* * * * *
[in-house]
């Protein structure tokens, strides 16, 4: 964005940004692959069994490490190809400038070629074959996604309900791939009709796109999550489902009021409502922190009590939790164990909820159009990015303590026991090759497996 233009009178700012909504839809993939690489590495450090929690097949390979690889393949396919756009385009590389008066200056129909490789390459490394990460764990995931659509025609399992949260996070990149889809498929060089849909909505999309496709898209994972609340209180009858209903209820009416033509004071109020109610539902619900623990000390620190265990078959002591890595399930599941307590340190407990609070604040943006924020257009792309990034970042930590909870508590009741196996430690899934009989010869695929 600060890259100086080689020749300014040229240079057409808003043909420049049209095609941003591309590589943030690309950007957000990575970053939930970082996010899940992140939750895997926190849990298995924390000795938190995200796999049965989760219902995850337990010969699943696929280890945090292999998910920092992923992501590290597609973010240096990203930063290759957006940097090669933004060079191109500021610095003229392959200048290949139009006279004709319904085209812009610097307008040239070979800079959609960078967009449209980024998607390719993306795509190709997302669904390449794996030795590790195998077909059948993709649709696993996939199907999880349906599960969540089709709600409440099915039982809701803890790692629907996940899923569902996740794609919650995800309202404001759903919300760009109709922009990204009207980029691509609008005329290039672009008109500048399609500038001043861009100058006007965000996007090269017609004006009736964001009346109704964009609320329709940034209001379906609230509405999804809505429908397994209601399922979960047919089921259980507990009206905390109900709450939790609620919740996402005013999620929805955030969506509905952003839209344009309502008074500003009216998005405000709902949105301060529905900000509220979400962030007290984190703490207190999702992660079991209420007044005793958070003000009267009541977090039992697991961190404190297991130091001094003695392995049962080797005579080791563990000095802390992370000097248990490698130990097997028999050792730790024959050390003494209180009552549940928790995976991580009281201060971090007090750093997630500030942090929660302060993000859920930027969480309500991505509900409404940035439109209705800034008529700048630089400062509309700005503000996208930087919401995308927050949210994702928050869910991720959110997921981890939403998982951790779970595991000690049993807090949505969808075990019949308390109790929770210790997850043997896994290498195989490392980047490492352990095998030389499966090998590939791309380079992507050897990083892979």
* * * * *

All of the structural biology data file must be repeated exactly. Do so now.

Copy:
[in-house]
């Protein structure tokens, strides 16, 4: 964005940004692959069994490490190809400038070629074959996604309900791939009709796109999550489902009021409502922190009590939790164990909820159009990015303590026991090759497996 233009009178700012909504839809993939690489590495450090929690097949390979690889393949396919756009385009590389008066200056129909490789390459490394990460764990995931659509025609399992949260996070990149889809498929060089849909909505999309496709898209994972609340209180009858209903209820009416033509004071109020109610539902619900623990000390620190265990078959002591890595399930599941307590340190407990609070604040943006924020257009792309990034970042930590909870508590009741196996430690899934009989010869695929 600060890259100086080689020749300014040229240079057409808003043909420049049209095609941003591309590589943030690309950007957000990575970053939930970082996010899940992140939750895997926190849990298995924390000795938190995200796999049965989760219902995850337990010969699943696929280890945090292999998910920092992923992501590290597609973010240096990203930063290759957006940097090669933004060079191109500021610095003229392959200048290949139009006279004709319904085209812009610097307008040239070979800079959609960078967009449209980024998607390719993306795509190709997302669904390449794996030795590790195998077909059948993709649709696993996939199907999880349906599960969540089709709600409440099915039982809701803890790692629907996940899923569902996740794609919650995800309202404001759903919300760009109709922009990204009207980029691509609008005329290039672009008109500048399609500038001043861009100058006007965000996007090269017609004006009736964001009346109704964009609320329709940034209001379906609230509405999804809505429908397994209601399922979960047919089921259980507990009206905390109900709450939790609620919740996402005013999620929805955030969506509905952003839209344009309502008074500003009216998005405000709902949105301060529905900000509220979400962030007290984190703490207190999702992660079991209420007044005793958070003000009267009541977090039992697991961190404190297991130091001094003695392995049962080797005579080791563990000095802390992370000097248990490698130990097997028999050792730790024959050390003494209180009552549940928790995976991580009281201060971090007090750093997630500030942090929660302060993000859920930027969480309500991505509900409404940035439109209705800034008529700048630089400062509309700005503000996208930087919401995308927050949210994702928050869910991720959110997921981890939403998982951790779970595991000690049993807090949505969808075990019949308390109790929770210790997850043997896994290498195989490392980047490492352990095998030389499966090998590939791309380079992507050897990083892979």